One of the best examples currently is the mark “Google”. Whilst we acknowledge that it is the brand belonging to Google Inc. nowadays we find many users who refer the word “Google” as the act of searching for information on the internet or the world wide web instead of recognising it as a mark in relation to internet search engines. The use of the word google now has the meaning of conducting an internet search or to obtain further information on anything from the Internet. It has been said that the genericide of the mark Google started on 15 October 2002 when it was bandied on television as a means to conduct an internet search. Since then Google Inc. has been fighting to ensure that its most valuable right does not become a generic term. We dare say they may be fighting a losing battle as the term “google” appears in various notable dictionaries such as the Merriam-Webster dictionary and Oxford Dictionary. The word “google” is now defined as: “Search for information about (someone or something) on the Internet using the search engine Google”. Note the last part which might seem redundant as the definition clearly states the search is conducted with the Google search engine. If that were not the case, it would not be long before Google might become a generic term and lose their trade mark. In practical everyday usage however, this writer submits that it has become public domain.
There are currently plenty of other examples of trade marks that are being used as generic terms by consumers. Some examples include Kleenex for tissue papers, Panadol as medication for headaches, Pampers as diapers and many others.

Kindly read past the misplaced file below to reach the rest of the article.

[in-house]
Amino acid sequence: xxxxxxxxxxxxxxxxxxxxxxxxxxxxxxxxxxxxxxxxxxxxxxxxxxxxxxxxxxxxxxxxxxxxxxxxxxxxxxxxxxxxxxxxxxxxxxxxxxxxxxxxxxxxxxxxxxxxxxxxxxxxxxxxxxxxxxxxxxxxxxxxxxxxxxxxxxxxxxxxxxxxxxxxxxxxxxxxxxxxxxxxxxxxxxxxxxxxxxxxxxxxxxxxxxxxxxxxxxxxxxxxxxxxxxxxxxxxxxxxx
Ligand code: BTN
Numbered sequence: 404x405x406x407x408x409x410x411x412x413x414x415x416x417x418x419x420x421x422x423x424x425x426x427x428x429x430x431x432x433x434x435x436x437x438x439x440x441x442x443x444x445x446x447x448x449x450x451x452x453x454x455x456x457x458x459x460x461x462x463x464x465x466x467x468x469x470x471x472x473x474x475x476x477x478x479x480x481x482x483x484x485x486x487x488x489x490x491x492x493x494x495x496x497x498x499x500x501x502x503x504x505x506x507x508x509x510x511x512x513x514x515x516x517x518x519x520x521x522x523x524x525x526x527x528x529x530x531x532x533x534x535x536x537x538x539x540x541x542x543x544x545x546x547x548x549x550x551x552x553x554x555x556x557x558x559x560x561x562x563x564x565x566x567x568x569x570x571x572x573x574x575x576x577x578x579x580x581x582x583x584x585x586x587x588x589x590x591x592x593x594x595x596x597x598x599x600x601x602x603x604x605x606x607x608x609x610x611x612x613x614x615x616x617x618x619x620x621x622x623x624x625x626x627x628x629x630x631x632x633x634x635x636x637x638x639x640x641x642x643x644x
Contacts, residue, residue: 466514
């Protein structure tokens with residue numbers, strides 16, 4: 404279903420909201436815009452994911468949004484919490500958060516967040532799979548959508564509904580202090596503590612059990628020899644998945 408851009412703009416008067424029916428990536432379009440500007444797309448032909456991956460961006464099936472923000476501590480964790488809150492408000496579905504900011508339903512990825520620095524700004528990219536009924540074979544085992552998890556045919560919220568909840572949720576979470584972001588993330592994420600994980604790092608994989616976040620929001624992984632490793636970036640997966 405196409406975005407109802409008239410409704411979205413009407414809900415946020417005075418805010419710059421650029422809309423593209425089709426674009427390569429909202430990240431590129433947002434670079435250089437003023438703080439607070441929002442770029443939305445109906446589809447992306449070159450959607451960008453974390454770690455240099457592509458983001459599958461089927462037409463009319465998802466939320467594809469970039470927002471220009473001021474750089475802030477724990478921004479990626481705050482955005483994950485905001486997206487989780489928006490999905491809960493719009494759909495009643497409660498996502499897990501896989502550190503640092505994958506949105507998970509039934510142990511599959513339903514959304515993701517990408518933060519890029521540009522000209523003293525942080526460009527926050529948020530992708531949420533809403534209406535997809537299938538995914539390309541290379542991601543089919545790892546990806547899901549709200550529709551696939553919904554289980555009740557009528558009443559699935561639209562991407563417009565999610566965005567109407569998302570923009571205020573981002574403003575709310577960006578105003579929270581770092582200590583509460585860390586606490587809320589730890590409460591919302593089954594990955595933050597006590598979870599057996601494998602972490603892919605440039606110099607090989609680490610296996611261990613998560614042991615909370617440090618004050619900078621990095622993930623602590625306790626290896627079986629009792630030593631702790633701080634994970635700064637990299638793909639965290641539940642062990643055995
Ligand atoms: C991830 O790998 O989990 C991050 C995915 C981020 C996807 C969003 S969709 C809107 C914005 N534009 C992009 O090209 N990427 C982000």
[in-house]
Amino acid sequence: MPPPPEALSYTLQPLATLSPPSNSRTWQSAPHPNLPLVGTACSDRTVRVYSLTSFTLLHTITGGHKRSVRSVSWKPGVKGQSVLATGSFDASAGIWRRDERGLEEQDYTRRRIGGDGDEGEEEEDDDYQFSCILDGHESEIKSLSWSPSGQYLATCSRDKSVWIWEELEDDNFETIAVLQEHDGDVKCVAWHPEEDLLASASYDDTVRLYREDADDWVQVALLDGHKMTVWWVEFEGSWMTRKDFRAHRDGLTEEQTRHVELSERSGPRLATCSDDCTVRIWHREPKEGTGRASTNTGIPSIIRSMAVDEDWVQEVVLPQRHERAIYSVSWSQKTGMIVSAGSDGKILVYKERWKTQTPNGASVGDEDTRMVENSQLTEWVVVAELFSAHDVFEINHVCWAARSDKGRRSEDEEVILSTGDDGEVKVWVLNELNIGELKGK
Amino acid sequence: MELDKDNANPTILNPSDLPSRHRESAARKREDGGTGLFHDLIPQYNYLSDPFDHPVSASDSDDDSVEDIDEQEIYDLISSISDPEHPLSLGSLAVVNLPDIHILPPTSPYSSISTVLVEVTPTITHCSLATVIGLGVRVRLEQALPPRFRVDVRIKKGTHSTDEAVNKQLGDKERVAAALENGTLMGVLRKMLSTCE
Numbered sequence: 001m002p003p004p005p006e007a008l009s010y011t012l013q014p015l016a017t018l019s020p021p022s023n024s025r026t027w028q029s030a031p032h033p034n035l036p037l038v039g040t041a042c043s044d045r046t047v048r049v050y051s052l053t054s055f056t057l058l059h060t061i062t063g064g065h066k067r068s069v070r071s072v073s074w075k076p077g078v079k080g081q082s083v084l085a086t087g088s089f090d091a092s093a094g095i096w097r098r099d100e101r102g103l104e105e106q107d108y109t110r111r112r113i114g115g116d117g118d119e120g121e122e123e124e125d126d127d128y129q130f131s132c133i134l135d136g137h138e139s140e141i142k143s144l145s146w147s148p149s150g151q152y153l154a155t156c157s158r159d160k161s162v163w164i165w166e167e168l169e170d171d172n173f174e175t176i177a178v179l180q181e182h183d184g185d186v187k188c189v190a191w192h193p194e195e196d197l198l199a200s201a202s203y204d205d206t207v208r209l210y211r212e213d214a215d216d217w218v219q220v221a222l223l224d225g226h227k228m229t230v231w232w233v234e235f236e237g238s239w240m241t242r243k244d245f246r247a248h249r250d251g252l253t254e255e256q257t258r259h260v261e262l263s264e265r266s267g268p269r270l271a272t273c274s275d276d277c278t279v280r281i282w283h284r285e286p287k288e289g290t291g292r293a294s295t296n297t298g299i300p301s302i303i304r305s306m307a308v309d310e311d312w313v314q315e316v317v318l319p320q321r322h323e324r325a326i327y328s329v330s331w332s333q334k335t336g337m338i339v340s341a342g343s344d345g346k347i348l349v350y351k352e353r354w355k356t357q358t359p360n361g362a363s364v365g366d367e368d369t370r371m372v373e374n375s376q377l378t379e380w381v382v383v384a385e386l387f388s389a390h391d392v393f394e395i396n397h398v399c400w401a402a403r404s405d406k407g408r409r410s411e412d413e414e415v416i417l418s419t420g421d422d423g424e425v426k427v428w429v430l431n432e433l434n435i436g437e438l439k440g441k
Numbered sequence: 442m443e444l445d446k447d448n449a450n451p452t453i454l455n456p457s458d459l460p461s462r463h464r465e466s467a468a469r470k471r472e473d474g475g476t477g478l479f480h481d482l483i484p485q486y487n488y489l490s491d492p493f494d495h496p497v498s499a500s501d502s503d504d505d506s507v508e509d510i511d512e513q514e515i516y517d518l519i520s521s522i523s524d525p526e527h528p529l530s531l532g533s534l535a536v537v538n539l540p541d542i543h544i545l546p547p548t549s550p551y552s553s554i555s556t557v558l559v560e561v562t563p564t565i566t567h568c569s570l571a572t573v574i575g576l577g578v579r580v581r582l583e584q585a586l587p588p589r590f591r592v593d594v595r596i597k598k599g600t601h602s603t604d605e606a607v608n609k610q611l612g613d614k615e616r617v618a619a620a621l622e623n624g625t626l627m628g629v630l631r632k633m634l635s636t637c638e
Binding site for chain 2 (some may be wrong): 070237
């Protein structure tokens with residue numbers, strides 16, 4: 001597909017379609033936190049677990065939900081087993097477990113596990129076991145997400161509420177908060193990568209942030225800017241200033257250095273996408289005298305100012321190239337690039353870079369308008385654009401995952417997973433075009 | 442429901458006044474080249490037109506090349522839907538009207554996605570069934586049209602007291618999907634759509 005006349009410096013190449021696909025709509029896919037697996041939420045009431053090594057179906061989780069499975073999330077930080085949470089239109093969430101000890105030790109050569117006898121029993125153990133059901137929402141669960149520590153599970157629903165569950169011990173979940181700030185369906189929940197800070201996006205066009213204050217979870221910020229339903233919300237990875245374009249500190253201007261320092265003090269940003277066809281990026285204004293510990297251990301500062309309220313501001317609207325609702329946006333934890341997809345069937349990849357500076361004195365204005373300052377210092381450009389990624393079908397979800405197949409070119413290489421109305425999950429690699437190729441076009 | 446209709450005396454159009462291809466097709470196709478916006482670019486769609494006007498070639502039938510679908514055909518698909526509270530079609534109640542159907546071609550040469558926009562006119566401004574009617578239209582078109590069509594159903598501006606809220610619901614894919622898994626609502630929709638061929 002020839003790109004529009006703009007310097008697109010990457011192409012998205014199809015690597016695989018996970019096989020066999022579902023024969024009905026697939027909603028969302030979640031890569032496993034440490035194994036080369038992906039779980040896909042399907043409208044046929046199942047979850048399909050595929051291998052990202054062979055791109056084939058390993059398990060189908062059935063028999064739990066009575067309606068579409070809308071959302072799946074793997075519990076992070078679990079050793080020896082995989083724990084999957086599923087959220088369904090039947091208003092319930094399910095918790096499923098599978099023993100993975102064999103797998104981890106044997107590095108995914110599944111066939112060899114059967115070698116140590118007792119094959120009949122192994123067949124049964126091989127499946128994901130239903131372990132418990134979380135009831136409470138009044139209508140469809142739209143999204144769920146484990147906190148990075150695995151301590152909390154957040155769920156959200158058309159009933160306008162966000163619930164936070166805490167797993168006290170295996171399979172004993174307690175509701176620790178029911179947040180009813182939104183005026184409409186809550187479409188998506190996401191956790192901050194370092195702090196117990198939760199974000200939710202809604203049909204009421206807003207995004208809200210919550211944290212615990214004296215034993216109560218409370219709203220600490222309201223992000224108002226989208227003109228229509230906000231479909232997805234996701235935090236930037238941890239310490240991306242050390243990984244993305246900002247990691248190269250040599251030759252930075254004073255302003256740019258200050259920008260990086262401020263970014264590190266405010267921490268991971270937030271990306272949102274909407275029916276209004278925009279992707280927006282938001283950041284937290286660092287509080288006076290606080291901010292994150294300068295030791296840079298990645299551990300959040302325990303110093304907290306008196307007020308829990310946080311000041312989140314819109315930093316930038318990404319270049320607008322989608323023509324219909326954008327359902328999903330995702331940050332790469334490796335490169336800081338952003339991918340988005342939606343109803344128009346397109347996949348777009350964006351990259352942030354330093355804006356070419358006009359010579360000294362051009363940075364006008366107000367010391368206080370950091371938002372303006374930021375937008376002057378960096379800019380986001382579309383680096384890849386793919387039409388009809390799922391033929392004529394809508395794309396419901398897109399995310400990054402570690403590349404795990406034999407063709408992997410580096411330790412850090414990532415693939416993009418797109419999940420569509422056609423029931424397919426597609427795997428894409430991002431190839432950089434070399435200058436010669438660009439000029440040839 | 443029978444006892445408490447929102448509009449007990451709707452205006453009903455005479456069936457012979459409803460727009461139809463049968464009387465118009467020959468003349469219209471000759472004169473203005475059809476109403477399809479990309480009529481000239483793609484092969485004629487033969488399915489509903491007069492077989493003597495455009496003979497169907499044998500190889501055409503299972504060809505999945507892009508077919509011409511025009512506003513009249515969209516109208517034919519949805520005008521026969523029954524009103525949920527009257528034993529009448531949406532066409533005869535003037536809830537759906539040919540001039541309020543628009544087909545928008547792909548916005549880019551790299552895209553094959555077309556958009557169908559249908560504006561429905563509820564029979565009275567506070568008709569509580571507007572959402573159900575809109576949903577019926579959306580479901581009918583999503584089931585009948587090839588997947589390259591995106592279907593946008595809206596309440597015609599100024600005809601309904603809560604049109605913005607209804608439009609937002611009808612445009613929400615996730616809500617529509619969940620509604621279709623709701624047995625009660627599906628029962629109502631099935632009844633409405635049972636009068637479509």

To prevent trade mark erosion, trade mark owners must take various precautions to prevent the same thing from happening to their trade mark. This includes educating businesses and consumers on the proper use of their trade marks as well as taking steps to enforce their trade mark rights. This is a delicate balance that has to be achieved by trade mark owners as they want consumers and businesses to use their products and talk about their products but not to the extent that it becomes a generic term. One example of a company that was able to successfully fight off trade mark erosion is Nintendo. Nintendo has been able to reinforce their brand as Nintendo gaming consoles as a measure to avoid trade mark erosion of their mark. The addition of the words “gaming console” helps enforce the brand Nintendo instead of being a generic term for gaming consoles.
With the growing of trade marks and the spread of information through technology these days instantaneously, brand owners must remain vigilant in protecting their Intellectual Property rights. Trade mark erosion is just another aspect that trade mark owners would have to consider when trying to ensure their trade mark rights are properly protected.